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Changes in the microbial community during bioremediation of gasoline-contaminated soil

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dc.contributor.author Leal, Aline Jaime
dc.contributor.author Rodrigues, Edmo Montes
dc.contributor.author Leal, Patrícia Lopes
dc.contributor.author Júlio, Aline Daniela Lopes
dc.contributor.author Fernandes, Rita de Cássia Rocha
dc.contributor.author Borges, Arnaldo Chaer
dc.contributor.author Tótola, Marcos Rogério
dc.date.accessioned 2017-10-26T16:02:35Z
dc.date.available 2017-10-26T16:02:35Z
dc.date.issued 2016-12-19
dc.identifier.issn 15178382
dc.identifier.uri https://doi.org/10.1016/j.bjm.2016.10.018
dc.identifier.uri http://www.locus.ufv.br/handle/123456789/12460
dc.description.abstract We aimed to verify the changes in the microbial community during bioremediation of gasoline-contaminated soil. Microbial inoculants were produced from successive additions of gasoline to municipal solid waste compost (MSWC) previously fertilized with nitrogen-phosphorous. To obtain Inoculant A, fertilized MSWC was amended with gasoline every 3 days during 18 days. Inoculant B received the same application, but at every 6 days. Inoculant C included MSWC fertilized with N–P, but no gasoline. The inoculants were applied to gasoline-contaminated soil at 10, 30, or 50 g/kg. Mineralization of gasoline hydrocarbons in soil was evaluated by respirometric analysis. The viability of the inoculants was evaluated after 103 days of storage under refrigeration or room temperature. The relative proportions of microbial groups in the inoculants and soil were evaluated by FAME. The dose of 50 g/kg of inoculants A and B led to the largest CO2 emission from soil. CO2 emissions in treatments with inoculant C were inversely proportional to the dose of inoculant. Heterotrophic bacterial counts were greater in soil treated with inoculants A and B. The application of inoculants decreased the proportion of actinobacteria and increased of Gram-negative bacteria. Decline in the density of heterotrophic bacteria in inoculants occurred after storage. This reduction was bigger in inoculants stored at room temperature. The application of stored inoculants in gasoline-contaminated soil resulted in a CO2 emission twice bigger than that observed in uninoculated soil. We concluded that MSWC is an effective material for the production of microbial inoculants for the bioremediation of gasoline-contaminated soil. en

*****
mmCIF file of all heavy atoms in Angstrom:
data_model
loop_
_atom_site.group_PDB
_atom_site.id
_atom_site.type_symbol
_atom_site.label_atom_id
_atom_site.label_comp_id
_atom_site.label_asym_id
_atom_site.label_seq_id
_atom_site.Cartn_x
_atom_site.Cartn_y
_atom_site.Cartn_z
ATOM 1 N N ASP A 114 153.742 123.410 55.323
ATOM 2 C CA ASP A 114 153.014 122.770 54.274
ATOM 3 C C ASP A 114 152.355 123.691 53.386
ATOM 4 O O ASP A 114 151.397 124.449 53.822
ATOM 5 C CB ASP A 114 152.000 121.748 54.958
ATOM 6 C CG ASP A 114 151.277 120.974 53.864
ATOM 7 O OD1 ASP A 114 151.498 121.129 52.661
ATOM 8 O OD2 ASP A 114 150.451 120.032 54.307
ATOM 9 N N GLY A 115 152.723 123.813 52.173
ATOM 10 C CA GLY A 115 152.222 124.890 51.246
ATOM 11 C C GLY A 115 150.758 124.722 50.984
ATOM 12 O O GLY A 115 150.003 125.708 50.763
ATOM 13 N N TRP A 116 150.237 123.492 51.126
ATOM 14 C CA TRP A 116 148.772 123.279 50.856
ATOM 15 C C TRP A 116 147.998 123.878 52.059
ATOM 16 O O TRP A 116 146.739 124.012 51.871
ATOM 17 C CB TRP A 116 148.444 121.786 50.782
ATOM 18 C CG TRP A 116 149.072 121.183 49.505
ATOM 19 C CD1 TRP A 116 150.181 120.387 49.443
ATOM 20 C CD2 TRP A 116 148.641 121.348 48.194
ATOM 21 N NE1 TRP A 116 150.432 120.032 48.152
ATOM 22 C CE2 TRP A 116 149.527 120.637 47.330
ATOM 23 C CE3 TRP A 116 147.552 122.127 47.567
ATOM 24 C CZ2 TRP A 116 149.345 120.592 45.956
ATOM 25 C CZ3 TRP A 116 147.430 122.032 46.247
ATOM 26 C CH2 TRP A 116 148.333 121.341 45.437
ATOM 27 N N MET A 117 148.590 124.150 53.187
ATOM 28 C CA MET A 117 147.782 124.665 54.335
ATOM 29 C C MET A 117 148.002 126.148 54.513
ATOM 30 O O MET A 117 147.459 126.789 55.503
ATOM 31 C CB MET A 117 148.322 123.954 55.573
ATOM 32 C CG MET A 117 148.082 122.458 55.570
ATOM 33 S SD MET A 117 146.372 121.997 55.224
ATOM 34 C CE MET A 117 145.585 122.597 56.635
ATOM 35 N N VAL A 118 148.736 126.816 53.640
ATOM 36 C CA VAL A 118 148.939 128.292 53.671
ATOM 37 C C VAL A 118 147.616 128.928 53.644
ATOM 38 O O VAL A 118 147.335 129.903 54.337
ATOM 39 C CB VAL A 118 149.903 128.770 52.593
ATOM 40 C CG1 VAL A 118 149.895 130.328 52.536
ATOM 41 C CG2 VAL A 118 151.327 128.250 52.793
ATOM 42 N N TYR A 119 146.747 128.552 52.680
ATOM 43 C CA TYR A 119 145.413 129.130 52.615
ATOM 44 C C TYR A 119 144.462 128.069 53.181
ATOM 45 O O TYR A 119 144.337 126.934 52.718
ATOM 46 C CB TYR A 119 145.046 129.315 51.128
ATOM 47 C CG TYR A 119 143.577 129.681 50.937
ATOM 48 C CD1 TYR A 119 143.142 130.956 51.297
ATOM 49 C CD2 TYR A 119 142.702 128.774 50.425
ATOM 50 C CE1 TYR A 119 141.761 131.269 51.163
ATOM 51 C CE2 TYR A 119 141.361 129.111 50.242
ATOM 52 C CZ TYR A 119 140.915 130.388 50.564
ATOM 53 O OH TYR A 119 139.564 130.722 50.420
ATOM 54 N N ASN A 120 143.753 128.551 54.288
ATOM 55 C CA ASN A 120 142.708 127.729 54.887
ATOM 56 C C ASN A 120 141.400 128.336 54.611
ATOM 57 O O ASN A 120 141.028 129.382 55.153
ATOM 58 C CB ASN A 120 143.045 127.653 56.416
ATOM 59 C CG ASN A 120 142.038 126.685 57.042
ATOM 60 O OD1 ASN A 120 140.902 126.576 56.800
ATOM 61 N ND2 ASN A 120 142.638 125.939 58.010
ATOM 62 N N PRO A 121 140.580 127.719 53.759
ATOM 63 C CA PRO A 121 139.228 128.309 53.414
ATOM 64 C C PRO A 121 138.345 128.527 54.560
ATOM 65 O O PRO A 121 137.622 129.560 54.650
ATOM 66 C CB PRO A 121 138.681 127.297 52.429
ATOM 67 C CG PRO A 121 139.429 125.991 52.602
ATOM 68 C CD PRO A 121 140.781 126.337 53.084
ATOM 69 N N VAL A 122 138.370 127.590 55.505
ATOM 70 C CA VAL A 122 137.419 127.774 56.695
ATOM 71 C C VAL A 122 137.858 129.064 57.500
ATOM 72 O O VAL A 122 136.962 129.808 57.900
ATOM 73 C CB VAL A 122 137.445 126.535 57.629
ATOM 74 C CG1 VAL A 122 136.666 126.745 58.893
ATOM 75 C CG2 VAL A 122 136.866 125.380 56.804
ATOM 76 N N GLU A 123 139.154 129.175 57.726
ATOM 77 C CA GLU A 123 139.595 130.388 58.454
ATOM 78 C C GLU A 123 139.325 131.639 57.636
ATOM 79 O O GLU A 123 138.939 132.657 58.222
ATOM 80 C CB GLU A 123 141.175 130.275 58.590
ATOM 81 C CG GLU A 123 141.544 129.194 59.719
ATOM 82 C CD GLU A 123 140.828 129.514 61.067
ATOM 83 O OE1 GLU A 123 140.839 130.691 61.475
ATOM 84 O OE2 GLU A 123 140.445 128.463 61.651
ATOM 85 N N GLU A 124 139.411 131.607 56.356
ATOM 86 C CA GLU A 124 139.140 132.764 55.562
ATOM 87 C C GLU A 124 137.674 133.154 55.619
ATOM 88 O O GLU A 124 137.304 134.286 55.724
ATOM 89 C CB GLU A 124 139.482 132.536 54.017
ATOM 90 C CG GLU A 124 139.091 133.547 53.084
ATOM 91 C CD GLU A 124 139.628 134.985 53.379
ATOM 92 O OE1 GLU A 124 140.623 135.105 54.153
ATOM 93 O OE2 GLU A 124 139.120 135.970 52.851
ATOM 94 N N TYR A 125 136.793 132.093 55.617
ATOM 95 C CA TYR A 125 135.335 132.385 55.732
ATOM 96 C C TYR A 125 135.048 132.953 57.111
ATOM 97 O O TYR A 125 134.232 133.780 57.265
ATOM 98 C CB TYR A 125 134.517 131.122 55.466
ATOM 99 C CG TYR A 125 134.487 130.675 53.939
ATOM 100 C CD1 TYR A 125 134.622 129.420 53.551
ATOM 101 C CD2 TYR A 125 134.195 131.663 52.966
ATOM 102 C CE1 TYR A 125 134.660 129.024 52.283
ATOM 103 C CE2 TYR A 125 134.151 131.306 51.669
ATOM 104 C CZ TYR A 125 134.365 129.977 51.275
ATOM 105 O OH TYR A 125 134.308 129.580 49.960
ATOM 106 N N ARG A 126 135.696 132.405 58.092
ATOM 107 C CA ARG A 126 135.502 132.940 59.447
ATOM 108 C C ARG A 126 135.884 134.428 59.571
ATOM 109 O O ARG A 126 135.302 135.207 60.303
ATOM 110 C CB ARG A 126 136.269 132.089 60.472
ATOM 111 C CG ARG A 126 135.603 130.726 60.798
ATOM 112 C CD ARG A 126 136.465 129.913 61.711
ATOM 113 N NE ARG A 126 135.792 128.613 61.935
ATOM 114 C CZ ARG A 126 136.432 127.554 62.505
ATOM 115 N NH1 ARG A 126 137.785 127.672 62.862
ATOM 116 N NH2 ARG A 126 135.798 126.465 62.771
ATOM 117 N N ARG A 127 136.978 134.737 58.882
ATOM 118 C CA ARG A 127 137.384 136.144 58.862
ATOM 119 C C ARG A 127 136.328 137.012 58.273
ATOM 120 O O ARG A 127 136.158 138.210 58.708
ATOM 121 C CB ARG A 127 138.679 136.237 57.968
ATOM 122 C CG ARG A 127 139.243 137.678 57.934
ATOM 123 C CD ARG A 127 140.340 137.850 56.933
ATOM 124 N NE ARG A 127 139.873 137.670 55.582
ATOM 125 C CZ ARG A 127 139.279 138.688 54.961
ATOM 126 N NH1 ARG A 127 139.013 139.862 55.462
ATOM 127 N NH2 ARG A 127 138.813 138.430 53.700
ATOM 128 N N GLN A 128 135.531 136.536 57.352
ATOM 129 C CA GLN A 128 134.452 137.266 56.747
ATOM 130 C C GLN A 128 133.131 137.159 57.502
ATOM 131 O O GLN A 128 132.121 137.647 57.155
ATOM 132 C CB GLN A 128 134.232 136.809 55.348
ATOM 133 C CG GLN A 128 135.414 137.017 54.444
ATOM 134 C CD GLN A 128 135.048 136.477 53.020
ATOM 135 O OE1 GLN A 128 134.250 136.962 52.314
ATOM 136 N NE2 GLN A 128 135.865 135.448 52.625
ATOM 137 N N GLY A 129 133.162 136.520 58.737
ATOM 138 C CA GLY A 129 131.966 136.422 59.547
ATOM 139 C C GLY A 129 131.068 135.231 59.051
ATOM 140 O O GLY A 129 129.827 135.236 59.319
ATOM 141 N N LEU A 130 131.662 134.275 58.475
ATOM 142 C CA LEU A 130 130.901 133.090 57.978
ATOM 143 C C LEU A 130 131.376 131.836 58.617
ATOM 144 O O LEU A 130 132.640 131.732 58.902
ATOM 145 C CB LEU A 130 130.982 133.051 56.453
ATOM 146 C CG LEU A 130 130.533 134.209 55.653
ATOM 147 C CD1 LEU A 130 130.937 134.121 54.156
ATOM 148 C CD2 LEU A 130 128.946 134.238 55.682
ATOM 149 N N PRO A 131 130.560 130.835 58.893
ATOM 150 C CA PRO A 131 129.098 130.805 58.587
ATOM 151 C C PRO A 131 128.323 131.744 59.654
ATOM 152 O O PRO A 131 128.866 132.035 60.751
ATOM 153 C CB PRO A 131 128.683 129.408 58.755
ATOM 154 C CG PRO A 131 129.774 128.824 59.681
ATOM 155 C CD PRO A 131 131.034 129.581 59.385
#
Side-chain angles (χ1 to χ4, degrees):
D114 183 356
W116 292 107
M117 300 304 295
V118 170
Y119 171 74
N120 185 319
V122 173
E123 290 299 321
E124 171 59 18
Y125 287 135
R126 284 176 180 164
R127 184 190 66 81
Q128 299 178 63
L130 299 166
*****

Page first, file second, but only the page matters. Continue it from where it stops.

dc.format pdf pt-BR
dc.language.iso eng pt-BR
dc.publisher Brazilian Journal of Microbiology pt-BR
dc.relation.ispartofseries Volume 48, Issue 2, Pages 342-351, April–June 2017 pt-BR
dc.rights Open Access pt-BR
dc.subject Bioremediation pt-BR
dc.subject Gasoline degradation pt-BR
dc.subject Soil contamination pt-BR
dc.subject Microbial inoculants pt-BR
dc.subject Inoculant storage pt-BR
dc.title Changes in the microbial community during bioremediation of gasoline-contaminated soil en
dc.type Artigo pt-BR


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  • Artigos [268]
    Artigos Técnico-científicos na área de Microbiologia

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